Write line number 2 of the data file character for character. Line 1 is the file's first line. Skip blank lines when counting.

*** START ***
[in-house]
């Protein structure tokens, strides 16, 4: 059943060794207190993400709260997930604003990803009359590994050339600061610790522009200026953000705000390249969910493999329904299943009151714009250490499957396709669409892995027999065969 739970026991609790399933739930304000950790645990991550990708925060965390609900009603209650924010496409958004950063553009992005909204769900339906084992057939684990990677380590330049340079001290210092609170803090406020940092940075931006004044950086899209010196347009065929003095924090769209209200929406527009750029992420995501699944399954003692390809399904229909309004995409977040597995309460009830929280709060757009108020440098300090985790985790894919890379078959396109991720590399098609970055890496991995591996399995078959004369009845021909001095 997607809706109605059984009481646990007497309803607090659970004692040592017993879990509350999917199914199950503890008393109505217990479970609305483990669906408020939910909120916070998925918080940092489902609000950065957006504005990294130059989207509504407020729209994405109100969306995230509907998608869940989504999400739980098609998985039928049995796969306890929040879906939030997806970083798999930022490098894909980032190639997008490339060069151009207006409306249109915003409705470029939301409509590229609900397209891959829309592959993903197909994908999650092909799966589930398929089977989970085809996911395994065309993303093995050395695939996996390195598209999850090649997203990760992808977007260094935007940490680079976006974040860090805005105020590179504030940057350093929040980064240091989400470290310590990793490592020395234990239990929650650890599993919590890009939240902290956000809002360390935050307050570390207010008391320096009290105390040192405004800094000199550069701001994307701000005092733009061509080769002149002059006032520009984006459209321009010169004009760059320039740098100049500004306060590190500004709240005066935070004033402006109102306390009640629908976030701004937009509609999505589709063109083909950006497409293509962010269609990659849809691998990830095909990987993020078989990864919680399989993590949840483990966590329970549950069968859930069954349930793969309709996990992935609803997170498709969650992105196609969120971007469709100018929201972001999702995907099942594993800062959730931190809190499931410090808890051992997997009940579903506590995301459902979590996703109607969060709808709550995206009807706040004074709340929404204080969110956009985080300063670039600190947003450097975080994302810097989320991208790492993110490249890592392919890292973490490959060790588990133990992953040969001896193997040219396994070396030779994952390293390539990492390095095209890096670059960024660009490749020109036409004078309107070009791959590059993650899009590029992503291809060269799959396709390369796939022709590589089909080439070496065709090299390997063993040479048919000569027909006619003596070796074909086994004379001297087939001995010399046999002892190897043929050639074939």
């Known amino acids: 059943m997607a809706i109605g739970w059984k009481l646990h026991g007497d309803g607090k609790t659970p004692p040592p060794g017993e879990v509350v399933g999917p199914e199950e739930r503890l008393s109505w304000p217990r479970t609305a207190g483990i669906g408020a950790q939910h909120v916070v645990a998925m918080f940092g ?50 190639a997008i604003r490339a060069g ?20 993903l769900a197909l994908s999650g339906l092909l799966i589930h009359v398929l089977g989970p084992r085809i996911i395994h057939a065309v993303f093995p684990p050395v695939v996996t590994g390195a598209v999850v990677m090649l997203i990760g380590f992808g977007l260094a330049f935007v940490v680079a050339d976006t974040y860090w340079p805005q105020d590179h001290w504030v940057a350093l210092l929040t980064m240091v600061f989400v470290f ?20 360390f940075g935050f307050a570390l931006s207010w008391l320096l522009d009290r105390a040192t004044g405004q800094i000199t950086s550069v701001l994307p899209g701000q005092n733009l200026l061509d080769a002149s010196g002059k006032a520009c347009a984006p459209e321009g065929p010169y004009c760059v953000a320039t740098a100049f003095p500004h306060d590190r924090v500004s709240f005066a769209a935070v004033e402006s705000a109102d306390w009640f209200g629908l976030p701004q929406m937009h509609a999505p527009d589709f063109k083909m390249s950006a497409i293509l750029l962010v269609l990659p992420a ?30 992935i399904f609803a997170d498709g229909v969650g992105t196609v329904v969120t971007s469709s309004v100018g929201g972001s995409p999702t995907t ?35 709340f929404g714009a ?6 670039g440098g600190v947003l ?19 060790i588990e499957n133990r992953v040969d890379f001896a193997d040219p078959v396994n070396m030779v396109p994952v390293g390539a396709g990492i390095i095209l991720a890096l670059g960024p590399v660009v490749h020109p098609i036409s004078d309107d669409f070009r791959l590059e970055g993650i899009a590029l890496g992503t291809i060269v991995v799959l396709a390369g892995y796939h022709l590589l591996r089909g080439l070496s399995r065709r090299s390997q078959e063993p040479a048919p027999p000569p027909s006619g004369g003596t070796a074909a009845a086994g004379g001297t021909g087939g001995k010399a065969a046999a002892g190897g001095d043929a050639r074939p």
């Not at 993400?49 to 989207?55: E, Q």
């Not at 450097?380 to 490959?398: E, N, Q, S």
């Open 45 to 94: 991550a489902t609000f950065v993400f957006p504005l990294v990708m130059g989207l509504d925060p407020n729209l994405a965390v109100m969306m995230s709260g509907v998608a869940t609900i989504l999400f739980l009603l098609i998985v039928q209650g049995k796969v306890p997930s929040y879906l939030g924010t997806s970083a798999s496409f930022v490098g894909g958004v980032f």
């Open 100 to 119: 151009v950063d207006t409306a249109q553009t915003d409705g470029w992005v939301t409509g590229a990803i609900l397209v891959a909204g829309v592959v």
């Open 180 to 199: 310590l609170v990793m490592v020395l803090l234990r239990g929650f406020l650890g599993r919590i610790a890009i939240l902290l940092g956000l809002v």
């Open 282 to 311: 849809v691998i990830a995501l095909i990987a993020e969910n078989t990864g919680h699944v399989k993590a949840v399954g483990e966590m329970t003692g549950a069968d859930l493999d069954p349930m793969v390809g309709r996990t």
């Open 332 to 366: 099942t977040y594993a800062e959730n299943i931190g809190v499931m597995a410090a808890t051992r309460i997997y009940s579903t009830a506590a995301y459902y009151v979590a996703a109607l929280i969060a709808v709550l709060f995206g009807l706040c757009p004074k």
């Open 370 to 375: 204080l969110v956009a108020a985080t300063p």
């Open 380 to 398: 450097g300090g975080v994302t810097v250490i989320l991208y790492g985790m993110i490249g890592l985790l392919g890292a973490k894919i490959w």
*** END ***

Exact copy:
């Protein structure tokens, strides 16, 4: 059943060794207190993400709260997930604003990803009359590994050339600061610790522009200026953000705000390249969910493999329904299943009151714009250490499957396709669409892995027999065969 739970026991609790399933739930304000950790645990991550990708925060965390609900009603209650924010496409958004950063553009992005909204769900339906084992057939684990990677380590330049340079001290210092609170803090406020940092940075931006004044950086899209010196347009065929003095924090769209209200929406527009750029992420995501699944399954003692390809399904229909309004995409977040597995309460009830929280709060757009108020440098300090985790985790894919890379078959396109991720590399098609970055890496991995591996399995078959004369009845021909001095 997607809706109605059984009481646990007497309803607090659970004692040592017993879990509350999917199914199950503890008393109505217990479970609305483990669906408020939910909120916070998925918080940092489902609000950065957006504005990294130059989207509504407020729209994405109100969306995230509907998608869940989504999400739980098609998985039928049995796969306890929040879906939030997806970083798999930022490098894909980032190639997008490339060069151009207006409306249109915003409705470029939301409509590229609900397209891959829309592959993903197909994908999650092909799966589930398929089977989970085809996911395994065309993303093995050395695939996996390195598209999850090649997203990760992808977007260094935007940490680079976006974040860090805005105020590179504030940057350093929040980064240091989400470290310590990793490592020395234990239990929650650890599993919590890009939240902290956000809002360390935050307050570390207010008391320096009290105390040192405004800094000199550069701001994307701000005092733009061509080769002149002059006032520009984006459209321009010169004009760059320039740098100049500004306060590190500004709240005066935070004033402006109102306390009640629908976030701004937009509609999505589709063109083909950006497409293509962010269609990659849809691998990830095909990987993020078989990864919680399989993590949840483990966590329970549950069968859930069954349930793969309709996990992935609803997170498709969650992105196609969120971007469709100018929201972001999702995907099942594993800062959730931190809190499931410090808890051992997997009940579903506590995301459902979590996703109607969060709808709550995206009807706040004074709340929404204080969110956009985080300063670039600190947003450097975080994302810097989320991208790492993110490249890592392919890292973490490959060790588990133990992953040969001896193997040219396994070396030779994952390293390539990492390095095209890096670059960024660009490749020109036409004078309107070009791959590059993650899009590029992503291809060269799959396709390369796939022709590589089909080439070496065709090299390997063993040479048919000569027909006619003596070796074909086994004379001297087939001995010399046999002892190897043929050639074939």